Tag Archives: folklore

Bonus Post: The White Horse of Uffington

See the source image

Hi, this is Mr. Folklore. Mr. Nature dragged me out of the broom closet to tell you about this.

The Uffington White Horse adorns a hilltop in Oxfordshire, England. It’s some 300 feet long (sorry, I don’t go in for that metric stuff), and was made by digging its shape about three feet into the earth and filling the trenches with crushed chalk. And the people in the area, for hundreds of years, periodically clear it of vegetation and replenish the chalk.

Legend has the White Horse connected with King Alfred, but it was already a thousand years old when Alfred came along. No one knows who created it, or why. Boundary marker? Propaganda? Religious symbol? In the absence of written records, it’s anybody’s theory. All that can be said for sure is that the horse has been there since long before the Romans came to Britain. Its artistic style, though, resembles the somewhat abstract depiction of horses on pre-Roman British coins.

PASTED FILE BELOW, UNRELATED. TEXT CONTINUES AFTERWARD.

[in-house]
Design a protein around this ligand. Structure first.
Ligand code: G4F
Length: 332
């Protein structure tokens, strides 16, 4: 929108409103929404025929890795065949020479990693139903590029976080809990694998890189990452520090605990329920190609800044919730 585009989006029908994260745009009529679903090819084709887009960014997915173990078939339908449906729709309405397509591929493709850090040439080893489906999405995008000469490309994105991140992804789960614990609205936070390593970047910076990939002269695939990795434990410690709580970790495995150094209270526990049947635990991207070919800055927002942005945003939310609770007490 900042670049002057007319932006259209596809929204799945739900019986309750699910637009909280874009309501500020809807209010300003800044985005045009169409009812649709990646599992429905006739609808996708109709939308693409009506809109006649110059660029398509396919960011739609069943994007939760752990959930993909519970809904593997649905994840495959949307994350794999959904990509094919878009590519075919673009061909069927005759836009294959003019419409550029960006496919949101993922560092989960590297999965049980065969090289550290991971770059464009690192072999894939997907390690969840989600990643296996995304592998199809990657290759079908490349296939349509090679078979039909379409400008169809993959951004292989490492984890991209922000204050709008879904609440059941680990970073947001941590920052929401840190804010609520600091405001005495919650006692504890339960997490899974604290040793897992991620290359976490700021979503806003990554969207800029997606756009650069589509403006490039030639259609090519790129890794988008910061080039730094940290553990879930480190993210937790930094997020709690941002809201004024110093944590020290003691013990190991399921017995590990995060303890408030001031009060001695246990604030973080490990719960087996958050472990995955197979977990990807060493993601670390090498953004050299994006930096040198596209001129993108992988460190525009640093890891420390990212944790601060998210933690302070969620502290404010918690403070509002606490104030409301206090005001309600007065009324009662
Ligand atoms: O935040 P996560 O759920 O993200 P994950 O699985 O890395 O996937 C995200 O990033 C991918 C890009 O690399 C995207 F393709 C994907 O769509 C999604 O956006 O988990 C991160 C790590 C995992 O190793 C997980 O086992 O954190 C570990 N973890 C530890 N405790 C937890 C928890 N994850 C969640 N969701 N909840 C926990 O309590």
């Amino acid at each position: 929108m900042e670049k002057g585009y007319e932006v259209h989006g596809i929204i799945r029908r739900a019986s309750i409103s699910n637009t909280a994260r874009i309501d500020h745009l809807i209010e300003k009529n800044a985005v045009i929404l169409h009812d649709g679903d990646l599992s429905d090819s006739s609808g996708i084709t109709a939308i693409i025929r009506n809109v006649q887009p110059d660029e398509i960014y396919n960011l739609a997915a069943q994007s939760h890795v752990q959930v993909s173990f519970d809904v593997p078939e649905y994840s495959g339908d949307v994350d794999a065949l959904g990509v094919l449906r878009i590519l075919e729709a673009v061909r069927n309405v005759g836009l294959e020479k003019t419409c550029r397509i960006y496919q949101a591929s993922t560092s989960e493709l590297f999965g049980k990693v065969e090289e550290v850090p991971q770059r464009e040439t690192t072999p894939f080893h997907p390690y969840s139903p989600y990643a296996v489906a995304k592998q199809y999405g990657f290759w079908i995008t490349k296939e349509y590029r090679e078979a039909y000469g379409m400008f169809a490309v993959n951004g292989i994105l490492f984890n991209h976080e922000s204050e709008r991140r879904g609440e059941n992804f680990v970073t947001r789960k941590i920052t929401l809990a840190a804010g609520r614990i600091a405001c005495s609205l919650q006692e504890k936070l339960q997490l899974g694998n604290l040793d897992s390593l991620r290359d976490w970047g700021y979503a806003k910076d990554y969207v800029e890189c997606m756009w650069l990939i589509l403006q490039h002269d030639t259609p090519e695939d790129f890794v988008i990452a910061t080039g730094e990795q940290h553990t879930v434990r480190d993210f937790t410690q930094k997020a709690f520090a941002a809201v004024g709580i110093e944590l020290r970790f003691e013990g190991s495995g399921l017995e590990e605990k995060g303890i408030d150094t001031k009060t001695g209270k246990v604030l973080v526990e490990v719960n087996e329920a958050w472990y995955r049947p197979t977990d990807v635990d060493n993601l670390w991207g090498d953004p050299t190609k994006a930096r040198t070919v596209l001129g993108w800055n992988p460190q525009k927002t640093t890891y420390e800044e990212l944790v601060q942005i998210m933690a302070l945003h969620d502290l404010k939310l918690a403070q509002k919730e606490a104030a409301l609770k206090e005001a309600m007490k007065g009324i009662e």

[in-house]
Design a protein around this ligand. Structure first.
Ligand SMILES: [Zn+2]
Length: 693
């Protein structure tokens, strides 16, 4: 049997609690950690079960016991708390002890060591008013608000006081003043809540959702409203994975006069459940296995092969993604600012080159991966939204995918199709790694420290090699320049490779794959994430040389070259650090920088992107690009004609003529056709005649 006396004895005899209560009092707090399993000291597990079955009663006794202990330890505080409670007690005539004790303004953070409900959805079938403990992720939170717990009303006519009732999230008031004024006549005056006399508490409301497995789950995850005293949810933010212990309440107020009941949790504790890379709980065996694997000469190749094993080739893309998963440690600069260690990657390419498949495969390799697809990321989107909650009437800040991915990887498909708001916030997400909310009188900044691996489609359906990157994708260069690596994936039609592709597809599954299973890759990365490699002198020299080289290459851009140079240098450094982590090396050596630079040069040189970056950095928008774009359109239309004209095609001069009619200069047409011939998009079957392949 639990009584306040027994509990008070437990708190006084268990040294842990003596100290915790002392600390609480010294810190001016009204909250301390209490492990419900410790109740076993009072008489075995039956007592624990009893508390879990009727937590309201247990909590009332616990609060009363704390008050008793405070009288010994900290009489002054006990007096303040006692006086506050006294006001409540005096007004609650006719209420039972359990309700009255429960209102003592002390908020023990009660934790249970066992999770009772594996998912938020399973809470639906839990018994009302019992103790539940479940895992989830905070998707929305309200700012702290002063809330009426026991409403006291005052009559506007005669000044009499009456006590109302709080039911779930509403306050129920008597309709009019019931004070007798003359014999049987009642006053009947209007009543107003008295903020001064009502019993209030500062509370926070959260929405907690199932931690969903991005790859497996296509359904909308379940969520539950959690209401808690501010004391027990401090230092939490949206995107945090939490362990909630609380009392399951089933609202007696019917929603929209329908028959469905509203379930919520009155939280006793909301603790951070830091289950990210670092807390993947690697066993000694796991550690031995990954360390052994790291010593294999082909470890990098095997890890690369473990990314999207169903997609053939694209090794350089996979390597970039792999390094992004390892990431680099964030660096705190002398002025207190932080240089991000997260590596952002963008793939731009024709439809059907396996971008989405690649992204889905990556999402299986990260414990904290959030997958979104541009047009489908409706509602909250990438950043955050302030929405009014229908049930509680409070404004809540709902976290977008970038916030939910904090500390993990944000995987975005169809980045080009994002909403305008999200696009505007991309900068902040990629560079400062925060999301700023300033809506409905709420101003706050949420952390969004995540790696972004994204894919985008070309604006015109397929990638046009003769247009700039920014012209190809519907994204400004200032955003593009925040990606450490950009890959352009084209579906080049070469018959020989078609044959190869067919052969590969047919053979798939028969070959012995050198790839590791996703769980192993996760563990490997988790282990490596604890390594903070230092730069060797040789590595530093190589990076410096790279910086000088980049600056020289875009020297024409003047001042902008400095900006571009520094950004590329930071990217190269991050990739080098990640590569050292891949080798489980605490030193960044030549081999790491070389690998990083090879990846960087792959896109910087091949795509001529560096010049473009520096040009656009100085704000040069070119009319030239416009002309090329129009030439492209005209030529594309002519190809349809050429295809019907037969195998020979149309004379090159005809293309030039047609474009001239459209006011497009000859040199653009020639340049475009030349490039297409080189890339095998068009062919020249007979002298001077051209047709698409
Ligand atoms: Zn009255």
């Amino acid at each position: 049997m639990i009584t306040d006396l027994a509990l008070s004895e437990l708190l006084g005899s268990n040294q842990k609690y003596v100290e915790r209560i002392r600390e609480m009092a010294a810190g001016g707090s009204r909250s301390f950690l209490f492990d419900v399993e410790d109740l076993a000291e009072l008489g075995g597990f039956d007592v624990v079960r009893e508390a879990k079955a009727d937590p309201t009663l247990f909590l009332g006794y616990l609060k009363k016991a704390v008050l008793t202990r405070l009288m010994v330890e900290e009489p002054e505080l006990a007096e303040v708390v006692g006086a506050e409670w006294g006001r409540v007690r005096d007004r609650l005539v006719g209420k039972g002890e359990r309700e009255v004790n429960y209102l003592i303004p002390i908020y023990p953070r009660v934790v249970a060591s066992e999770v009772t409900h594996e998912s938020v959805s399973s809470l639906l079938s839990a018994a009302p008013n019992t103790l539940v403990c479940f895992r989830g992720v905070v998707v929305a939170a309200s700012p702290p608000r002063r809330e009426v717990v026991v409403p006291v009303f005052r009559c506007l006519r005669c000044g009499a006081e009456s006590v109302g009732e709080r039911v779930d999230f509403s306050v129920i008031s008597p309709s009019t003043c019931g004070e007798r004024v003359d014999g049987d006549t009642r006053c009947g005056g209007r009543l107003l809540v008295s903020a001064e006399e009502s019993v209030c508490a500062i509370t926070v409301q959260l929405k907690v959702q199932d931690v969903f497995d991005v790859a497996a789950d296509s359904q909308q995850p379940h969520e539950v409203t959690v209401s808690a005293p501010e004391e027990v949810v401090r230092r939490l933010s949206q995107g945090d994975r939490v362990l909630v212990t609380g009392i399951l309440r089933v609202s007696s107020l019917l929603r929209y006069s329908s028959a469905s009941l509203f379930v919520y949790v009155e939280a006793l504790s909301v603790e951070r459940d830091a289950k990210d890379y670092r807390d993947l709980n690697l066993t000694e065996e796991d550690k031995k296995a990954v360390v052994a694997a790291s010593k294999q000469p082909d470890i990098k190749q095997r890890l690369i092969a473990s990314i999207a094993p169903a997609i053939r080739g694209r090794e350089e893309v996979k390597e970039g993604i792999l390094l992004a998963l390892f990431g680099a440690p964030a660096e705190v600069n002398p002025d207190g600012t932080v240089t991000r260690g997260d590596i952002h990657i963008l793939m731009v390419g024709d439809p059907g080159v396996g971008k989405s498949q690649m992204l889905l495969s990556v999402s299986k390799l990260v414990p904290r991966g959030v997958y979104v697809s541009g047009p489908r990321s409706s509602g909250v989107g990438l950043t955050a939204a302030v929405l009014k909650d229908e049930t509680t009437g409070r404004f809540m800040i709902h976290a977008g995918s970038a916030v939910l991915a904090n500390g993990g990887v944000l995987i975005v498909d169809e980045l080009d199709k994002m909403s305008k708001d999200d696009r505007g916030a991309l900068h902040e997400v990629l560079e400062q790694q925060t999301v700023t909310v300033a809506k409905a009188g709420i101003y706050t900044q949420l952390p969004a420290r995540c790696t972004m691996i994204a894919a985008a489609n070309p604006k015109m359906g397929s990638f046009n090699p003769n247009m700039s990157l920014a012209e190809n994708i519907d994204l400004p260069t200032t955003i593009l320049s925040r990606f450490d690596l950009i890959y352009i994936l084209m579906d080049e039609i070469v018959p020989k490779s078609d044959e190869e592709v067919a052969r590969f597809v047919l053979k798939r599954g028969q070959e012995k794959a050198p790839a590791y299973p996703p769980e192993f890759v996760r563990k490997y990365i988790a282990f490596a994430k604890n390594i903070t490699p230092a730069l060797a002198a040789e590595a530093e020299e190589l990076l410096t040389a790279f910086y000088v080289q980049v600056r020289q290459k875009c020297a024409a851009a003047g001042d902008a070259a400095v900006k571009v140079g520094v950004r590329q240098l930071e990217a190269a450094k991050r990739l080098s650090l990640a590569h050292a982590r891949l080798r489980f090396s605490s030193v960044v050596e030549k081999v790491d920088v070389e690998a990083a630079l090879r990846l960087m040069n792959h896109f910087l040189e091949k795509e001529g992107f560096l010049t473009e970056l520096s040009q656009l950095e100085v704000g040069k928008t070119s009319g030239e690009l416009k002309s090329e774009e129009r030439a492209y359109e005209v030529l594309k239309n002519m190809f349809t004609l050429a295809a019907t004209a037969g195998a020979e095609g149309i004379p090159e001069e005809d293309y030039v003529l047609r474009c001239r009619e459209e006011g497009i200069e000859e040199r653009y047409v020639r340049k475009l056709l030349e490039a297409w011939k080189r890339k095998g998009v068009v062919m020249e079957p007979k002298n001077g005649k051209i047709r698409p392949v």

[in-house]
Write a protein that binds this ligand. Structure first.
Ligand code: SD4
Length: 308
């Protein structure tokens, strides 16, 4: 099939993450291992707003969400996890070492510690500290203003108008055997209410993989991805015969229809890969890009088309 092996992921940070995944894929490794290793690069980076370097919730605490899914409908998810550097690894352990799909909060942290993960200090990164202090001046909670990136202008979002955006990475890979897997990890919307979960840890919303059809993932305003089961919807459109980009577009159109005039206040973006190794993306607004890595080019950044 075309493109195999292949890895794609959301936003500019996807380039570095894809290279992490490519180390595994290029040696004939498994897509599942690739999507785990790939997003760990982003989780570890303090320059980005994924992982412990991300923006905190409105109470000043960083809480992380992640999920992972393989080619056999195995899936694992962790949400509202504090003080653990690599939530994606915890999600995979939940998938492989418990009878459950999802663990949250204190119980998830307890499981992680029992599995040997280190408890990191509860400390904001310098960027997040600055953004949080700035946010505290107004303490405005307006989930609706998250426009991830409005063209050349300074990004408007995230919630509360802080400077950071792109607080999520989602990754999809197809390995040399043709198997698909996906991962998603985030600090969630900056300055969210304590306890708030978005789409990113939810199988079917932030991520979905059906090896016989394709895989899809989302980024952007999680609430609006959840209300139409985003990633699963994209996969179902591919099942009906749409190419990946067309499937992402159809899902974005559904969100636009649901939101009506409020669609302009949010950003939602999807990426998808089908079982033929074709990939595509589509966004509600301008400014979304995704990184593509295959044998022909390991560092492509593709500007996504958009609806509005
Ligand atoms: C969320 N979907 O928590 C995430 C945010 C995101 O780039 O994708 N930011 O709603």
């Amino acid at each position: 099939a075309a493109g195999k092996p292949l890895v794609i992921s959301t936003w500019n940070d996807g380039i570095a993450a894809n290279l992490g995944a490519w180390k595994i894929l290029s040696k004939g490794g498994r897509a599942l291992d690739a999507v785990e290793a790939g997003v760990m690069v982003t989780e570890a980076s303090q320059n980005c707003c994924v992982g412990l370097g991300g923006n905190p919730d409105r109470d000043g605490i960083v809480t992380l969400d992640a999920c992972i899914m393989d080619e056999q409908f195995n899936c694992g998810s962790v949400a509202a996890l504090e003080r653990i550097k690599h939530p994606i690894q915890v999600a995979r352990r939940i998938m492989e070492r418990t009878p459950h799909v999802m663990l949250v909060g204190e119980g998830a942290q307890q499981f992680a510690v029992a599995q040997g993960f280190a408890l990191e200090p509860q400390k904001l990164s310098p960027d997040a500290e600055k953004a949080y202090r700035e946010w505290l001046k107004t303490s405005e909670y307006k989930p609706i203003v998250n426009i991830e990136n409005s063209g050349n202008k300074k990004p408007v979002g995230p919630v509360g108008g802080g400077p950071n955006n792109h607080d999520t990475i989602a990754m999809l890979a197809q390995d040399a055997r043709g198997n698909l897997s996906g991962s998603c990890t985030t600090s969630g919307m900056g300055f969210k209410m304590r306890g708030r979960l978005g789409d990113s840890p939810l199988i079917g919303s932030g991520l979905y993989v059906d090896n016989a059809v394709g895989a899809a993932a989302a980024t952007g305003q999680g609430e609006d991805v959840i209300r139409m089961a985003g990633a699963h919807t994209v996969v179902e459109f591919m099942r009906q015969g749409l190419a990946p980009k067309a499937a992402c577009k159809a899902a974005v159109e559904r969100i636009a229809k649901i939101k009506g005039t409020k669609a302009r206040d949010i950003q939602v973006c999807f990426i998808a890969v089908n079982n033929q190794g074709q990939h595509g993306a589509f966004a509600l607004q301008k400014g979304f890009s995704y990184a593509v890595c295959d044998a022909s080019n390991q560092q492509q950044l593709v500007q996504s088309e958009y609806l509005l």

Before there were airplanes, the best way to see the horse was from another hilltop. No one has yet suggested that the horse was carved into the top of a hill so that aliens could see it from their spacecraft. I will not be the first to make that suggestion.


A Clumsy Attempt to Explain Away the Jackalope

Don’t you love it? They show you all these pictures of the jackalope, and then they say there’s no such thing!

Everybody knows there’s a conspiracy to cover up the existence of the jackalope.

Next thing you know, they’ll be telling us there are no centaurs, either.

When everybody knows that centaurism is caused by Global Warming.


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